West Virginia State University
West Virginia State University is a historically black public college in Institute, West Virginia, United States. In the Charleston-metro area, the school is usually referred to simply as "State" or "West Virginia State".
WVSU is located on Mound Builder Native American land granted to George Washington for his service in the King's Military before the Revolutionary War. As a slave plantation, it belonged to Governor William H. Cabell. His son, Samuel I. Cabell, married one of his slaves, Mary Barnes. After his death she sold the land to the state as the site of the 'West Virginia Colored Institute. Sam and Mary Cabell and their children are buried on the campus. Early history The school was established as the West Virginia Colored Institute in 1891 under the second Morrill Act which provided for land-grant institutions for black students in the 17 states that had segregated schools. Booker T. Washington, noted African American educator and statesman, was instrumental in having the institution located in the Kanawha Valley. Dr. Washington visited the campus often and spoke at its first commencement exercise. From 1891 through 1915, the school provided the equivalent of a high school education, with vocational training and teacher preparation for segregated public schools. Renamed in 1915 as West Virginia Collegiate Institute it began to offer college degrees. It became West Virginia State College in 1929. East Hall and the Canty House, home of "Colonel" James Munroe Canty, were listed on the National Register of Historic Places in 1988. During World War II, West Virginia State College was one of 131 colleges and universities nationally that took part in the V-12 Navy College Training Program which offered students a path to a Navy commission. Desegregation In 1954, following the Brown decision to desegregate public education, the college transformed from an all-black college with a primarily residential population to a predominantly commuter school with mostly white students. In 2011ï¿½2012, WVSU's student population was 61 percent white, 12.5 percent black, 1 percent Asian, 1 percent Hispanic, 0.5 percent American Indian and 24 percent who preferred to not identify race. In 1957, WVSU lost its land grant status, the only land-grant institution to ever do so, in part due to desegregation. Although land-grant university funding is governed by federal laws, the federal aid is conditioned upon matching state funds. The WV State Board of Education voted to end the matching state funds in 1957 and WVSU also lost the federal funds for instruction, research and extension activities. Under the leadership of President Hazo W. Carter, Jr., a 12-year quest was begun to restore the land-grant designation. The first step toward regaining the status came when Gov. Gaston Caperton signed a bill on Feb. 12, 1991 that had been passed by the Legislature to recognize the land-grant status on the state level. With the assistance from WV Senator Robert C. Byrd, the land-grant status was regained in 2000, effective in 2001. WVSU's birthright was restored and is recognized as an 1890 land-grant institution with recognition at the Federal level along with funding to carry out the mission of teaching, research, and public service. The land-grant institution of WVSU is named the Gus R. Douglass Land-Grant Institution.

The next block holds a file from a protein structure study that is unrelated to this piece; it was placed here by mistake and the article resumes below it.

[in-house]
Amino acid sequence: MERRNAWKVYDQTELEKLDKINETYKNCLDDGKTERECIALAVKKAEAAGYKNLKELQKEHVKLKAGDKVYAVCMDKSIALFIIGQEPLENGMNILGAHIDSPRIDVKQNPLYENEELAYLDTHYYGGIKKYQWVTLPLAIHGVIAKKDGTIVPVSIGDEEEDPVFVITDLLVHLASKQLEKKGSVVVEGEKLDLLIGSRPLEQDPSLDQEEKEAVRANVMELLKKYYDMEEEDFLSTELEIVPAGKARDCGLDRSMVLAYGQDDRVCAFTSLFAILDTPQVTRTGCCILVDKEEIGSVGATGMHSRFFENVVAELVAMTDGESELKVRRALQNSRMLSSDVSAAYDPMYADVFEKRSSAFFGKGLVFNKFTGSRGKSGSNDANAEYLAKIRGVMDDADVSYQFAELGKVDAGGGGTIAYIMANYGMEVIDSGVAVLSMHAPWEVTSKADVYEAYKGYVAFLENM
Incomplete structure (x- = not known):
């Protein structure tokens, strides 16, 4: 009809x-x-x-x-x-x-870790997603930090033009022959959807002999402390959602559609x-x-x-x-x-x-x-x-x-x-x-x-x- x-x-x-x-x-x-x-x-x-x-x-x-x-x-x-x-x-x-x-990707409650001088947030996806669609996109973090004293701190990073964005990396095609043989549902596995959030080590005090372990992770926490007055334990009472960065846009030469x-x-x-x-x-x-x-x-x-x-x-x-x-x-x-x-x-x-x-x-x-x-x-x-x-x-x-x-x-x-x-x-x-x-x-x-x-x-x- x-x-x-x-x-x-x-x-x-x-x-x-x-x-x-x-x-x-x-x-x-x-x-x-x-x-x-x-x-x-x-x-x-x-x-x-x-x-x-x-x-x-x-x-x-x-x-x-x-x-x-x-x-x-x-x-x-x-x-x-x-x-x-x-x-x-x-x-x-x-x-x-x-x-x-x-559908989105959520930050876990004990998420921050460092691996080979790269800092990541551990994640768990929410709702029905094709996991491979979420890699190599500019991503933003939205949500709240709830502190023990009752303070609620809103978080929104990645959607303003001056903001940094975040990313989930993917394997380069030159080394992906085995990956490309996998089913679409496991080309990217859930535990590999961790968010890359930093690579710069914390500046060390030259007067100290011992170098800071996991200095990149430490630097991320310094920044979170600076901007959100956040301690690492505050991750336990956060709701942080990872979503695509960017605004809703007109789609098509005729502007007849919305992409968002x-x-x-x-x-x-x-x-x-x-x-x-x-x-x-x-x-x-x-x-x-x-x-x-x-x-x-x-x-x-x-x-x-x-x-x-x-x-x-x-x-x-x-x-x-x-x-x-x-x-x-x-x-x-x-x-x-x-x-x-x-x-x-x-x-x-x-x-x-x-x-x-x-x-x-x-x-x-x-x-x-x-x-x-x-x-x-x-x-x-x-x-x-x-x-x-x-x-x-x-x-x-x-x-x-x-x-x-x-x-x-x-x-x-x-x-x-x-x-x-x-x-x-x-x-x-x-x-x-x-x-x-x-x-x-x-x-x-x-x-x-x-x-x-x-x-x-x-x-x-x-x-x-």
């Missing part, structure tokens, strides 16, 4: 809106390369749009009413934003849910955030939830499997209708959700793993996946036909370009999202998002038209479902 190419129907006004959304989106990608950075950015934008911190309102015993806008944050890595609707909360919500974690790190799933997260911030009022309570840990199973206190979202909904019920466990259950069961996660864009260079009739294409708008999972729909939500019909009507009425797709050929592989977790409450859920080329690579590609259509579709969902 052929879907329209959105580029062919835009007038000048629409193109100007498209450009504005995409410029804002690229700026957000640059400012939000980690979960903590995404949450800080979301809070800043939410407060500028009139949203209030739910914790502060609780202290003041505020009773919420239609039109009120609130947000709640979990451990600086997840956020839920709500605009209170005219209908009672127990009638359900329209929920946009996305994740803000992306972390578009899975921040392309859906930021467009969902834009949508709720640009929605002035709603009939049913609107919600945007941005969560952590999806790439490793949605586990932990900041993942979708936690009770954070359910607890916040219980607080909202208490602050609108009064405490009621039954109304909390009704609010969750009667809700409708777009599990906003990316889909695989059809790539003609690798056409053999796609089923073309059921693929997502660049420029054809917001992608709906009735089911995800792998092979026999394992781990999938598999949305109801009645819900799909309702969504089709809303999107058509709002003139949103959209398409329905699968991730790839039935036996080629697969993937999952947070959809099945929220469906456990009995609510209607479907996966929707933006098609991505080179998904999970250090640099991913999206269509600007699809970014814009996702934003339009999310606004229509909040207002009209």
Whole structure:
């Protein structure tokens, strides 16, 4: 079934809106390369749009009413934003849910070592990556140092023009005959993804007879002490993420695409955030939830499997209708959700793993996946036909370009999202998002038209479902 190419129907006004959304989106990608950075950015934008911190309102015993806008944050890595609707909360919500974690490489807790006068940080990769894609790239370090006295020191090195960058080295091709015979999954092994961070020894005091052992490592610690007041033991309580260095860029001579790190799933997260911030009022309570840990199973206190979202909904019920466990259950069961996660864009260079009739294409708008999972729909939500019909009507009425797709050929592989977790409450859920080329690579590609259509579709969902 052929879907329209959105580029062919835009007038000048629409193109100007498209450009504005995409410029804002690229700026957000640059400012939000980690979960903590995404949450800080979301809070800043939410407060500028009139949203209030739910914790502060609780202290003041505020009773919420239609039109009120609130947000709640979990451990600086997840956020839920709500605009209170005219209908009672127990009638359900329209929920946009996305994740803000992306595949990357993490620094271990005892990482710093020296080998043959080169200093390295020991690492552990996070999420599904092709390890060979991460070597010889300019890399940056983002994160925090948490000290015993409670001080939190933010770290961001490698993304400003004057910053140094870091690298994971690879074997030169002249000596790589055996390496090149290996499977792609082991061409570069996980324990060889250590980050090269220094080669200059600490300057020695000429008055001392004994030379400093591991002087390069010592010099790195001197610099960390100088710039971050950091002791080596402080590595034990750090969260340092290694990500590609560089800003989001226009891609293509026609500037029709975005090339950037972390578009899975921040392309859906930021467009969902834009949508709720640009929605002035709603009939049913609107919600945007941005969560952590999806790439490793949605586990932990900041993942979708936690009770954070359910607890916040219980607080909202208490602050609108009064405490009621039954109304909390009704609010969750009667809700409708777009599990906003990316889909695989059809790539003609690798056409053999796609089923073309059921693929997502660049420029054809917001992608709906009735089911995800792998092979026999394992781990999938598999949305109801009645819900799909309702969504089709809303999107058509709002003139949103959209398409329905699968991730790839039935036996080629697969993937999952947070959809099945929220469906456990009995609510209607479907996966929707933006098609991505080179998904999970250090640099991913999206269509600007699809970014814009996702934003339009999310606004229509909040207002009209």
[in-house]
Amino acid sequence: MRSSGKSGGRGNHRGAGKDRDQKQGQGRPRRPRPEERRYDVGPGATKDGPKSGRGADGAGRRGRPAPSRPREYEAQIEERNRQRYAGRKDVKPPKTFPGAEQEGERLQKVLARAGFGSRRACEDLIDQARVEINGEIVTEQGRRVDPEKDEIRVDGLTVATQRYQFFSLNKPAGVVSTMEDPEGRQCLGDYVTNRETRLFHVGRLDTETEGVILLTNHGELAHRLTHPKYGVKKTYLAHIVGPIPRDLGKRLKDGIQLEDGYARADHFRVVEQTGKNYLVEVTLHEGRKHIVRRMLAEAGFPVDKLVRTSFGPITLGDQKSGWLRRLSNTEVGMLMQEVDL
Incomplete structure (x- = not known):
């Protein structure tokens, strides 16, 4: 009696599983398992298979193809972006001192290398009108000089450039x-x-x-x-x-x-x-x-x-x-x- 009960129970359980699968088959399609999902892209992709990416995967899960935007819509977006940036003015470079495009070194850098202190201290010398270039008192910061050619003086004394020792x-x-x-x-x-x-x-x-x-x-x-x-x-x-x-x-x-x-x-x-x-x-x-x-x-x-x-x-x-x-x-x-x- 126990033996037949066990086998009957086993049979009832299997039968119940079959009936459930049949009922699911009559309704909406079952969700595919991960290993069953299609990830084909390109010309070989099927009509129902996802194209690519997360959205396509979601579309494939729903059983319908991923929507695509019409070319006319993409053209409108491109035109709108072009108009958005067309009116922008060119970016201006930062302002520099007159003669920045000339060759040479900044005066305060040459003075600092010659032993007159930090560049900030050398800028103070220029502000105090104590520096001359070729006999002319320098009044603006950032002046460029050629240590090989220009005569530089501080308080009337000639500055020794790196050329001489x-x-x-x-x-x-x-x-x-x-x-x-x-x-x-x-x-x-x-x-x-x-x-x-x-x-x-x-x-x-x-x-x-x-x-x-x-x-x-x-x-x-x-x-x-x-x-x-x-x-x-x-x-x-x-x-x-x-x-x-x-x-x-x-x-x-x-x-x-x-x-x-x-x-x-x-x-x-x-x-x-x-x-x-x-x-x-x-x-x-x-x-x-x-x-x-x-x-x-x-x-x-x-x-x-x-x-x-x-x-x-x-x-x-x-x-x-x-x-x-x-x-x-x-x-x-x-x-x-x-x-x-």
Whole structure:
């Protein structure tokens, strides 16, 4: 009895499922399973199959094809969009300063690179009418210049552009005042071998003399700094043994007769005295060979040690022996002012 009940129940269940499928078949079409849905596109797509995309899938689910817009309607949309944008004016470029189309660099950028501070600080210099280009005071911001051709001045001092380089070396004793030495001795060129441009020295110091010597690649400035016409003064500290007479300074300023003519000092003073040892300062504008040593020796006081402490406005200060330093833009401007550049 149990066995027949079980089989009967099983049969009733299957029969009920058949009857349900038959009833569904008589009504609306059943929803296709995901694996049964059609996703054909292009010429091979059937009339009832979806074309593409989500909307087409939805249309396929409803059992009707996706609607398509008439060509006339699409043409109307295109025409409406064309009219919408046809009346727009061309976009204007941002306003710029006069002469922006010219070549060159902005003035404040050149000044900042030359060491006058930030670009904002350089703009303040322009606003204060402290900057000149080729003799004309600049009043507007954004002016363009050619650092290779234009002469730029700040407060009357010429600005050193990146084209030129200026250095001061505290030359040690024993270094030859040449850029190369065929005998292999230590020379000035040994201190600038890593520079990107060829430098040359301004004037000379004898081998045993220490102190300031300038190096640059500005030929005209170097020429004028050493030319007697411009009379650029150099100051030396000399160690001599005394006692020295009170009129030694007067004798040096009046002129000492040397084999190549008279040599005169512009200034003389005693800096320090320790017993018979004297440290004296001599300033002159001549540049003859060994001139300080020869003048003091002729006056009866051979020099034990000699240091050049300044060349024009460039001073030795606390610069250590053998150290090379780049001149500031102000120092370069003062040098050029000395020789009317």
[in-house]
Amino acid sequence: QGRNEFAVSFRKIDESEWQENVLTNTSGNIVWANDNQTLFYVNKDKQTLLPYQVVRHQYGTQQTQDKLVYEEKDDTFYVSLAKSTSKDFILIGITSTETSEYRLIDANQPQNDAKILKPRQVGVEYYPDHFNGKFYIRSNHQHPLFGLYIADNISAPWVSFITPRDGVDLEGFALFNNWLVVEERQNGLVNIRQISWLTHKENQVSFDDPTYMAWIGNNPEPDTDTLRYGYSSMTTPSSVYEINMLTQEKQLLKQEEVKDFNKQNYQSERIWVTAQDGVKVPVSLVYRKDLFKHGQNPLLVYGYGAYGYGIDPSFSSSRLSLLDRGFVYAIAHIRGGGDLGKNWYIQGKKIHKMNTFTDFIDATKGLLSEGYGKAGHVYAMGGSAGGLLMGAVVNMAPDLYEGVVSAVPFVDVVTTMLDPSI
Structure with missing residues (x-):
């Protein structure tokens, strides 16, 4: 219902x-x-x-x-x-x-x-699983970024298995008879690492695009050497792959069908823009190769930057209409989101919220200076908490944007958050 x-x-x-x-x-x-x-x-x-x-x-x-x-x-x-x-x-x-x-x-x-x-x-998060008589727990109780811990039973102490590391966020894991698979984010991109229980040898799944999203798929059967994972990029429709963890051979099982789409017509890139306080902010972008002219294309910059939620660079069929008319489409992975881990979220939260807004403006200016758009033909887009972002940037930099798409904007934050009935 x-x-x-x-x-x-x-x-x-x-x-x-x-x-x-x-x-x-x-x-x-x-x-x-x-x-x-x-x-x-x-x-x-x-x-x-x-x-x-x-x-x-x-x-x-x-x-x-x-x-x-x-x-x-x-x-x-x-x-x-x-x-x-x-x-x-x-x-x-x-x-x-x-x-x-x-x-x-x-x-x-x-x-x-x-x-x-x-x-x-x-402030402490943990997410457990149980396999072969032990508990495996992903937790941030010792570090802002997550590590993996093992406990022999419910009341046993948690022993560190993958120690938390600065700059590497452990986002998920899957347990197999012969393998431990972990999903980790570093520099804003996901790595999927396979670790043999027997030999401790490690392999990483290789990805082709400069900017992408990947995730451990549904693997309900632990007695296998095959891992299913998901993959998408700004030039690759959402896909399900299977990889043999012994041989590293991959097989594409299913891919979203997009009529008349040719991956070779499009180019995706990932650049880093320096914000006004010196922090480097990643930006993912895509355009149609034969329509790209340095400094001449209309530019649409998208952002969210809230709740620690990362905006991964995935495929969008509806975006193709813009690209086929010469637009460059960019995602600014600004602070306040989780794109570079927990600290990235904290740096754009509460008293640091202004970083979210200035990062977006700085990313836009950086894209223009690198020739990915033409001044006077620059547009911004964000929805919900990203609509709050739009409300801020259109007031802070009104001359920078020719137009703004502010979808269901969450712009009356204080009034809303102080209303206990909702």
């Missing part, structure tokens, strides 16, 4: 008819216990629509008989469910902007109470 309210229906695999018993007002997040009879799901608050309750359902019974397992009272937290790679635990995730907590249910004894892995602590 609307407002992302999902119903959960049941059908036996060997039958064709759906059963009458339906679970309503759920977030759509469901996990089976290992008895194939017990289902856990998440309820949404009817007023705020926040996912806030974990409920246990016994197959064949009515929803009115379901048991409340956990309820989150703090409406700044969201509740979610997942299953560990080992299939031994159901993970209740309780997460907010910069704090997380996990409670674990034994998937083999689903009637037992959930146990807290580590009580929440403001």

West Virginia State University offers flexible course schedules in traditional classrooms, in non-traditional settings, and online. With the goal of improving the quality of our studentsï¿½ lives, as well as the quality of life for West Virginiaï¿½s citizens, the University forges mutually beneficial relationships with other educational institutions, businesses, cultural organizations, governmental agencies, and agricultural and extension partners. The following values guide our decisions and behavior: academic excellence; academic freedom; advancement of knowledge through teaching, research, scholarship, creative endeavor and community service; a core of student learning that includes effective communication, understanding and analysis of the interconnections of knowledge, and responsibility for one's own learning; lifelong growth, development and achievement of our students; development of human capacities for integrity, compassion and citizenship; our rich and diverse heritage; personal and professional development of our faculty and staff; and accountability through shared responsibility and continuous improvement.
Chu Berry, jazz tenor saxophonist Harriet Elizabeth Byrd, first African-American to serve in the Wyoming Legislature Augusta Clark, librarian, politician and lawyer; second African-American woman to serve on the Philadelphia City Council (1980ï¿½2000). Katherine Johnson, African-American scientist, who made significant contributions to America's aeronautics and space exploration for NASA. Herbert Fielding, former South Carolina lawmaker Antoine Fuqua, writer and director of various movies including Training Day, starring Denzel Washington Robert "RJ" Haddy, special effects artist. Damon Keith, Senior Judge for the United States Court of Appeals for the Sixth Circuit. Earl Lloyd, first African-American to play in the NBA Butch Miles, jazz drummer and a professor in the School of Music at Texas State University-San Marcos Lou Myers, actor and theatrical director, played Vernon Gaines in A Different World Will Robinson, first African-American Division I basketball coach and NFL scout Leander Shaw, first African-American Chief Justice on the Florida Supreme Court Wendell Smith, noted African American sportswriter who was influential in the choice of Jackie Robinson to become the first African American player in Major League Baseball Leon Sullivan - Baptist minister, a civil rights leader and social activist, longtime General Motors board member, and an anti-Apartheid activist Bob Thompson, Jazz pianist and composer